Shevchenko left Milan for Chelsea for £30.8 million a month before his 30th birthday. He was one of the hottest strikers in Europe. 127 league goals in 226 games. He became the most expensive player in English football, and one of the highest paid.

He scored just 9 league goals in the 2 seasons he was at Chelsea before being loaned back to AC Milan.

But then you have the story of Cristiano Ronaldo.

Ronaldo signed a four-year contract with Italian club Juventus after completing a €100 million transfer. He was already 33.

In the one and a half seasons that have followed, he has scored 50 goals in just 70 games across all competitions. Ronaldo has shown that age is nothing but a number.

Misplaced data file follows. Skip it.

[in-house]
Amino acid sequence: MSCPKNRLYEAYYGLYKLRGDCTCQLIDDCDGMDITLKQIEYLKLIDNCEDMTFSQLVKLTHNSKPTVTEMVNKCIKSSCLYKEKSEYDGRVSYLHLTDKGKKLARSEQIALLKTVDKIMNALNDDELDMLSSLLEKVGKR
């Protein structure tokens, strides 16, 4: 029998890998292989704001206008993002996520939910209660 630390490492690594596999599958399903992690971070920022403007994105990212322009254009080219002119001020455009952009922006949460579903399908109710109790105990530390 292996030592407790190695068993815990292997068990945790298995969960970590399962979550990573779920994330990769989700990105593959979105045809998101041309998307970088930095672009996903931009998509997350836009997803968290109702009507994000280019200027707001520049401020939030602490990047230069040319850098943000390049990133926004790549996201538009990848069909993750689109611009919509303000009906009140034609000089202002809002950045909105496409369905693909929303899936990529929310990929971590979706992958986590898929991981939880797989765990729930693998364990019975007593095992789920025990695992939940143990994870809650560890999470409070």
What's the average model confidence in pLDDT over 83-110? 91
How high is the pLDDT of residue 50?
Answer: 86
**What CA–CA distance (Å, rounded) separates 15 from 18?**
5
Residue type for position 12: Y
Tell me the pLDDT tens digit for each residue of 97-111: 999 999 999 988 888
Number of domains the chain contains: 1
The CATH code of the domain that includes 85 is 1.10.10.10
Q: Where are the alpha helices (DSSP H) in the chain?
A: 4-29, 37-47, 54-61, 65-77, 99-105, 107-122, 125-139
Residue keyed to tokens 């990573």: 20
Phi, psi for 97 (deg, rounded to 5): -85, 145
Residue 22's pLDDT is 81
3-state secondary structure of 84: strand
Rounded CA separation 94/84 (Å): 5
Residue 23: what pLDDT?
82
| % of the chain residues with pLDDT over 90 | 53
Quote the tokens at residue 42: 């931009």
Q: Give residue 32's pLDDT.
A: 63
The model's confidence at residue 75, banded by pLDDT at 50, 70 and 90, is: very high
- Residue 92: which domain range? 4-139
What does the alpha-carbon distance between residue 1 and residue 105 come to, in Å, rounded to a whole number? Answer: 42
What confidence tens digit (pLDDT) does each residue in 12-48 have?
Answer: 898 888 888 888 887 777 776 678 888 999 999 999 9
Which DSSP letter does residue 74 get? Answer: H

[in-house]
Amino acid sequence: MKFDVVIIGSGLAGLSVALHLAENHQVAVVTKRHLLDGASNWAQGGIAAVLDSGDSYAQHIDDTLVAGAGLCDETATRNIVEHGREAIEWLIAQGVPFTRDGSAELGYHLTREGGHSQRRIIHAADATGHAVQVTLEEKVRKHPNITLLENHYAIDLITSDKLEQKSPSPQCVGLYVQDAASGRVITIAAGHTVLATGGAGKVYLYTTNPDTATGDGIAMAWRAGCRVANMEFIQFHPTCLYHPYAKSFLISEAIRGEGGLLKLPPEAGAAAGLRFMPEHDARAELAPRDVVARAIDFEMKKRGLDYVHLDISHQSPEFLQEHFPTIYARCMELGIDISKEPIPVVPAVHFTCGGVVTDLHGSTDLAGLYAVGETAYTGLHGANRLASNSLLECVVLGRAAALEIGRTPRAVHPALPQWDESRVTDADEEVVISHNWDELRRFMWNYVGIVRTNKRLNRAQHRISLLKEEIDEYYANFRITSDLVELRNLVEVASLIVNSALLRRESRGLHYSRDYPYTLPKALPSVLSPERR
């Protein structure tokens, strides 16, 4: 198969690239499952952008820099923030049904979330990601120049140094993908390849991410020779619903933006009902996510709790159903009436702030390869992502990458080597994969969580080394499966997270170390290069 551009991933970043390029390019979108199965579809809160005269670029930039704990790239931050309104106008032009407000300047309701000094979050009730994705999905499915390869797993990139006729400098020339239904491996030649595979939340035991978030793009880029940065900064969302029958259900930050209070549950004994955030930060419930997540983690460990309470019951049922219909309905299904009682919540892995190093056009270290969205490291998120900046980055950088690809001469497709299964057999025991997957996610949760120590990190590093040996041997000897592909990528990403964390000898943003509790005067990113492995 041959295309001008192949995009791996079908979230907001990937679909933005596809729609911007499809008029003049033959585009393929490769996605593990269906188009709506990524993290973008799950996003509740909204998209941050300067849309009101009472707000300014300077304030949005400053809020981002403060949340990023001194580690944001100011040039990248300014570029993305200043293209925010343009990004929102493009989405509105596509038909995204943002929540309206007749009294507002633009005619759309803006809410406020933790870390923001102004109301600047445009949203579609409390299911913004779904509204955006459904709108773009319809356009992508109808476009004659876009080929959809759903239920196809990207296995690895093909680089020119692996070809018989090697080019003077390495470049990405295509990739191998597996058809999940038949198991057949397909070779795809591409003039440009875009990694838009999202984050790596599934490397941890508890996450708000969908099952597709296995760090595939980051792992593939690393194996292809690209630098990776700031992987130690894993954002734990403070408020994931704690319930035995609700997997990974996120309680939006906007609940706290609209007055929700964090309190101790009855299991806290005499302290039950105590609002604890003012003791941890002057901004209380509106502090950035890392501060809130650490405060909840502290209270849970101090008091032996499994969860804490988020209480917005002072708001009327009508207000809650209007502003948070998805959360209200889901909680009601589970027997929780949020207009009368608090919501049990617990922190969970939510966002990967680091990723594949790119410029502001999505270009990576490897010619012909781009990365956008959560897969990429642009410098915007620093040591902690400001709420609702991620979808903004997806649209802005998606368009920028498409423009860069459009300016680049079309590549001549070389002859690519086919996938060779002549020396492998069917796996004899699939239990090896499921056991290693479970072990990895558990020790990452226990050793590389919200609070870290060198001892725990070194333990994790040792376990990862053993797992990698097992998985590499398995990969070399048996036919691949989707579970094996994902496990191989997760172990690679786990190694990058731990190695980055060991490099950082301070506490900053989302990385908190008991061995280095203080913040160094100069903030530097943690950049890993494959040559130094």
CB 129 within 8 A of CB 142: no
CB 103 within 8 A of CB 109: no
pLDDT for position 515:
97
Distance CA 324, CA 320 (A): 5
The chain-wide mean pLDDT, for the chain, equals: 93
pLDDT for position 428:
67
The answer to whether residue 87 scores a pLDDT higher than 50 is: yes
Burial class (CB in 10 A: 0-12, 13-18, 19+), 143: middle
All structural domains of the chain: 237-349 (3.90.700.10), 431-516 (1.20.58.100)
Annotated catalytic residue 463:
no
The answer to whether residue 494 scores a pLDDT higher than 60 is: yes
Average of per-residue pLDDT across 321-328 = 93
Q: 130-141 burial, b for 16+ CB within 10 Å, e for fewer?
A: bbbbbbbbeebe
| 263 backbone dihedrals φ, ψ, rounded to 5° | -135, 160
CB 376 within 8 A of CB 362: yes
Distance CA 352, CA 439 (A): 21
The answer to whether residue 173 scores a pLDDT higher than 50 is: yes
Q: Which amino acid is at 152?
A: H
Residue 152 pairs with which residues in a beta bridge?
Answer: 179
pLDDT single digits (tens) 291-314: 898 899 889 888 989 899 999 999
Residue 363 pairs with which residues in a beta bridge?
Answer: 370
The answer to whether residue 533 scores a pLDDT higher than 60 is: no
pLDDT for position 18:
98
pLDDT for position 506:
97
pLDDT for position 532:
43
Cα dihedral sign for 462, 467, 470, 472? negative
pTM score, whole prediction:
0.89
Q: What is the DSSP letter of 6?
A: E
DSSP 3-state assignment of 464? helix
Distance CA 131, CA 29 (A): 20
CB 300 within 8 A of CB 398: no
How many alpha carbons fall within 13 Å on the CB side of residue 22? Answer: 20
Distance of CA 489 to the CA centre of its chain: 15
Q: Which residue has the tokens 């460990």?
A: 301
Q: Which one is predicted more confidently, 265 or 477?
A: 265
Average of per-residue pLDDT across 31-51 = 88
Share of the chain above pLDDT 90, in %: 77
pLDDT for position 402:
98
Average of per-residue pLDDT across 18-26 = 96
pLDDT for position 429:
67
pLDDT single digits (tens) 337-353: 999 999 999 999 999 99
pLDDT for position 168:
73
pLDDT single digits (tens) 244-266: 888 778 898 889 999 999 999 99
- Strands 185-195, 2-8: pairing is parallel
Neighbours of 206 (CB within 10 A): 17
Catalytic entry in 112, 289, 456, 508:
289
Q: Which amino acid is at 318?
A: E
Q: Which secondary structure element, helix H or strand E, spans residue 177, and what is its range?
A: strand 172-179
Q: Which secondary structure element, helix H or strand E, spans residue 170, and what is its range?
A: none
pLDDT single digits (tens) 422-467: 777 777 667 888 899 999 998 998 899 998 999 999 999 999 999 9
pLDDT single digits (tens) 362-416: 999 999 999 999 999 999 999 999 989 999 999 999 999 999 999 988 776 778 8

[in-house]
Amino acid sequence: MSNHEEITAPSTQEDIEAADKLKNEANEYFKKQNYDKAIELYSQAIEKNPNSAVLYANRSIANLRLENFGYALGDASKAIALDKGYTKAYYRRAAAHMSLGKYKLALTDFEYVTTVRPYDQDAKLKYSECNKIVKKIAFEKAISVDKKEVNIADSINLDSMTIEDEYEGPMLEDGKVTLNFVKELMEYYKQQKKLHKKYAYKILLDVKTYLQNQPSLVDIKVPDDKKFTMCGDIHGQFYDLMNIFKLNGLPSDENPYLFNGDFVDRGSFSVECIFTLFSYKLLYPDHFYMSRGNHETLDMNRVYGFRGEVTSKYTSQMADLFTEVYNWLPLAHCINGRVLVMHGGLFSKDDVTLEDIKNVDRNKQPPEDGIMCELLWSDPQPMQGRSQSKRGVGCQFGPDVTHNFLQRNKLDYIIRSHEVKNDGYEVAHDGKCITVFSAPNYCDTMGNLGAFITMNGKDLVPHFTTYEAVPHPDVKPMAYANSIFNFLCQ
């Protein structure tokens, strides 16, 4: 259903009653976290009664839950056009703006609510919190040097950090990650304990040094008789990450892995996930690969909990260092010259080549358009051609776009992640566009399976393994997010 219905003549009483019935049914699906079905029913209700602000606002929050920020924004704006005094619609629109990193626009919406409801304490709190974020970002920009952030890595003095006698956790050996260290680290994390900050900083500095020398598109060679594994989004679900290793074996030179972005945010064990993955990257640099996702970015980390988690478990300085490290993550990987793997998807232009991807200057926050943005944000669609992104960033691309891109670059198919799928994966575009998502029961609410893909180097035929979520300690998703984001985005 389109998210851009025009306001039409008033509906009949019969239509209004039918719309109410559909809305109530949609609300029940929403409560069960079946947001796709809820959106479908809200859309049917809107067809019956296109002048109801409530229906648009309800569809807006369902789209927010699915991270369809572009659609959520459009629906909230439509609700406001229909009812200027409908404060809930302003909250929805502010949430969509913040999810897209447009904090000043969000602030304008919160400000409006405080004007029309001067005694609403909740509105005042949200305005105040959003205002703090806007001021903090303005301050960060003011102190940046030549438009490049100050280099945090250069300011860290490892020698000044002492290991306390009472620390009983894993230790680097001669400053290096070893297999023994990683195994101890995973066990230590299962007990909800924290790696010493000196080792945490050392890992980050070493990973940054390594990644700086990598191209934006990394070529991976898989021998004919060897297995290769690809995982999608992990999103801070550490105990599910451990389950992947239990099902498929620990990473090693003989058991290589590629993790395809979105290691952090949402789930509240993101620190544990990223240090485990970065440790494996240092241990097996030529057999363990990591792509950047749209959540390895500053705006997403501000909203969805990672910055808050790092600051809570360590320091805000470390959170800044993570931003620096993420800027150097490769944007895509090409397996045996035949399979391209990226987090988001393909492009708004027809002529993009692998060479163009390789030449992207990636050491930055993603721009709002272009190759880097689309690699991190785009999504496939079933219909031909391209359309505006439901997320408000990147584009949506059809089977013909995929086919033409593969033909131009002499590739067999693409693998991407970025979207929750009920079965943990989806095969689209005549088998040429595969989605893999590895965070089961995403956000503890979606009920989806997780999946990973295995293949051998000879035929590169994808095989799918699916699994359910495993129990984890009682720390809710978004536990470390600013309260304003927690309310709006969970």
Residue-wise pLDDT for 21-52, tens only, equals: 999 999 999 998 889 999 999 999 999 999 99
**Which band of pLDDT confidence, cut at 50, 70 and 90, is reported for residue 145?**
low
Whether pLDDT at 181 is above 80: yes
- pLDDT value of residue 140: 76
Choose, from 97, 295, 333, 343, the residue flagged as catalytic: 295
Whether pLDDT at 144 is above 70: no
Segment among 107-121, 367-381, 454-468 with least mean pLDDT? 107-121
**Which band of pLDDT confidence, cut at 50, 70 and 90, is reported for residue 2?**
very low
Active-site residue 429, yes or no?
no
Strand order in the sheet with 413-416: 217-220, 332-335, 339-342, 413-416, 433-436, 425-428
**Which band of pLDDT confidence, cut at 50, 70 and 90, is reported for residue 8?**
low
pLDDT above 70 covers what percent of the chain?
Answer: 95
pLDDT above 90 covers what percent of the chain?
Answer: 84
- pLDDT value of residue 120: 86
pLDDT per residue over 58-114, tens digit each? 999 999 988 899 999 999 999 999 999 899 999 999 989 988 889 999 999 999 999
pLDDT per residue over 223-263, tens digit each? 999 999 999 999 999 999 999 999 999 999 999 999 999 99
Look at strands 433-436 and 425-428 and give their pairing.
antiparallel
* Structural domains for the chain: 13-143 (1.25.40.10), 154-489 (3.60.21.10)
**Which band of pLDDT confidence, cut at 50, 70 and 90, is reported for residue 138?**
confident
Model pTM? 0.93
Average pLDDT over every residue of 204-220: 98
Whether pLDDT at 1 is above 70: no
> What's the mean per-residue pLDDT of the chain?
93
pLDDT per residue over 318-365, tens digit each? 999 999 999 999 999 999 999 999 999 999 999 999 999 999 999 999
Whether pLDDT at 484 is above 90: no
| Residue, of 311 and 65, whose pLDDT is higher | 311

When it comes to a players age and how long a contract you offer them, it is perhaps better to look deeper than their birth certificate.

Look at how many games he has on the clock, how often he picks up minor injuries, how many major injuries he has had throughout his career, and how naturally fit he is. It is also important to establish whether he has any long term injuries that he has been managing.

Aubameyang has played 488 games in his career. It is a huge chunk. But he was not a teen sensation who was playing week in, week out since he was 17 or 18. He had only played 39 games prior to his 20th birthday.

After this season he will have had 12 full seasons under his belt. Wayne Rooney and Nicolas Anelka were both 29-years-old when they completed their 12th full season.

Rooney played a further 3 seasons for Manchester United; Anelka 3 seasons for Chelsea.